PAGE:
This week in Educating Yorkshire, Channel 4's fly-in-the-classroom edusoap, was all about the love. We dropped in on year 9, traditionally the cauldron where young adults are brewed from the soup of their childhood, simmered in the juices of puberty and as teachers, we just hope the pot doesn't boil over before it's done. It's also a pivotal year, as Mr Mitchell explained to a rapt assembly. Actually we say this every year. And in truth they all are, so at worst it's a Noble Lie. 'Who's happy to be back?' he asked, as tumbleweed rolled
Love was in the air and knocking seriously on classroom doors, in the form of Thornhill's savant Cupid, Ryan. He plodded from class to class, delivering roses and dreams to uncomfortable boys, and girls with permanently surprised looks on their faces due to their forehead calligraphy (what IS it with the girls of Thornhill and their eyebrows? They shave them off and paint them back, aiming for the surprised, elegant arch of Coco Chanel; but they miss it by a yard and land in Coco the Clown's back net). One boy, Antonio, looked like he'd only ever seen a rose on the Internet, and it would bite him. And on went Ryan, spreading joy into everyone's life but apparently, his own. 'Just another smile,' he sadly said to himself as he brought the gift of laughter and love to yet another lonely heart, like Droopy crossed with Cane.
But it's true, year 9 is the time when the fuse that's been burning for a decade finally reaches the dynamite, and 100 children go Hulk simultaneously. Heads of Year 9, I salute you. The narrator's Eye of Mordor turned this week to Mr Moses, the incumbent in that post at Thornhill Community School. There's nominative determinism for you that even Bunyan would have hesitated over. The Moses of Exodus was a shy man, so unsure that he required his brother Aaron to speak for him (they don't mention this in the cartoon adaptations). Charged with ushering his people to freedom, he knows that he won't reach the Promised Land himself.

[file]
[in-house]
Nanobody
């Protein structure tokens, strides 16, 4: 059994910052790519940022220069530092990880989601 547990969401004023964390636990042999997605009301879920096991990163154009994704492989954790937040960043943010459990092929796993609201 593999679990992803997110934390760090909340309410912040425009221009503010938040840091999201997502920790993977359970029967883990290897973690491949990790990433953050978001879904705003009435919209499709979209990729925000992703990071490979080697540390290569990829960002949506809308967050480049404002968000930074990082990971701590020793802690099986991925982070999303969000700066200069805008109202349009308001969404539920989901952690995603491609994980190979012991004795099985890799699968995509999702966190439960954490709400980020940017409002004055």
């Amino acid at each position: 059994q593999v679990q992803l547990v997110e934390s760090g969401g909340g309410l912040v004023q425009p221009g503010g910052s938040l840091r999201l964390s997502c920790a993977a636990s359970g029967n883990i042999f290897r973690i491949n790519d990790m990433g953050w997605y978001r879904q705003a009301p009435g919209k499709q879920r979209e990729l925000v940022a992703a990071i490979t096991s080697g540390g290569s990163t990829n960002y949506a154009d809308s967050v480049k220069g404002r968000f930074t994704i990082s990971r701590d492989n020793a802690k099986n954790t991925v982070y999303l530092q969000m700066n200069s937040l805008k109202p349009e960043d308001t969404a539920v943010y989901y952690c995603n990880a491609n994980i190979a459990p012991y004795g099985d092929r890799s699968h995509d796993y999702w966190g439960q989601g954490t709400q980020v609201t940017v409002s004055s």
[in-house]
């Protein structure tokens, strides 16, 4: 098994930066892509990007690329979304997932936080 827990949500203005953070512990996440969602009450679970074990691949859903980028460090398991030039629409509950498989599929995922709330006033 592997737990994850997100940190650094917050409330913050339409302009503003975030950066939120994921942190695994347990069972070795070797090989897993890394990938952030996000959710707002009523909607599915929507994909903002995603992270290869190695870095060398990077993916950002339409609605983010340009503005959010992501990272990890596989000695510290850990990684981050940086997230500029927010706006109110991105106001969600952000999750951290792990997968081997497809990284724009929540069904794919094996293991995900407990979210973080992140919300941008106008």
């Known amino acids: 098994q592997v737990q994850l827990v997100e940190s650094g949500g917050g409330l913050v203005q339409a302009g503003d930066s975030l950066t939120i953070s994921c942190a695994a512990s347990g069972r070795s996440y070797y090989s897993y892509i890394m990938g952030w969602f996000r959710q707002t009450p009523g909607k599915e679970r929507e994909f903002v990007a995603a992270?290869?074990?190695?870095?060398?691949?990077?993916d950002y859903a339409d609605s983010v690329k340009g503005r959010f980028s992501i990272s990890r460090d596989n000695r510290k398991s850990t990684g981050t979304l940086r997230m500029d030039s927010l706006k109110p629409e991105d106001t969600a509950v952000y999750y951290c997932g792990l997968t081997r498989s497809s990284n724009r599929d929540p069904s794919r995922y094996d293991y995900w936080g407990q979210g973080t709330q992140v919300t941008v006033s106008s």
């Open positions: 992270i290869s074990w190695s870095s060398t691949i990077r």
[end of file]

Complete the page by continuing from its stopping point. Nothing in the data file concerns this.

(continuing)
The same might apply to Mr Moses, the eternal sentinel between childhood and adolescence, between carefree and careful. Mr Moses and his kin are like Ganesh, the God of Beginnings, and Janus, the God of the Doorway, one eye looking back, one eye looking forward. He's also God of d##kheads, by the reckoning of Grant, a 14 year-old boy who's done more time than Doctor Who.
Of course, Mr Moses night not recognise this comparison, as he wades from thankless punch-up to melodramatic make-up. But he does so with humour and stoicism, two qualities any pastoral leader must have in gallon tanks if they aren't to shatter under the stress.
Grant is similar to many students wobbling on the edge of delinquency; he's aware enough of the effects of peer pressure and parental absence, but young enough to do nothing about them. There is an ocean of difference between seeing a problem and fixing it, just ask any smoker. There's knowledge and there's character- or habit, take your pick.
Mr Moses toils like Hercules to stop Grant from falling apart, bends rules, turns more blind eyes than all the mice in nurseryland, all in the name of keeping him at school, in classes and learning. The problem is that many students are smart enough to know how far they can push the system before it breaks, and do so, repeatedly. I admired Mr Moses' heart, and patience, and godlike devotion to his cohort at the same time as I was hopping up and down shouting 'get tough!' at the TV. The problem with second, then third, then fourth chances is that it becomes a snooze alarm, and kids know they can get away with what they want as long as they make sorry noises and offer an excuse.
How different the relationship between Moses and Grant became as soon as the former's tolerance ran out; within minutes of being denied yet another accommodation, Grant had bailed from detention, ignored his former mentor, then called him a d##khead. In interview he said that he was upset because he thought Mr Moses was 'More chilled out than the others' which is to say gave him what he wanted. The minute he didn't, he was a d##khead to Grant.
And there lies the truth at the heart of the pastoral role: it's much easier to get kids to think you're safe- fist bump- if you don't ask them to do anything they don't want to do, but much harder to be their hero and confidante if you try to actually amend them in a way that makes them uncomfortable.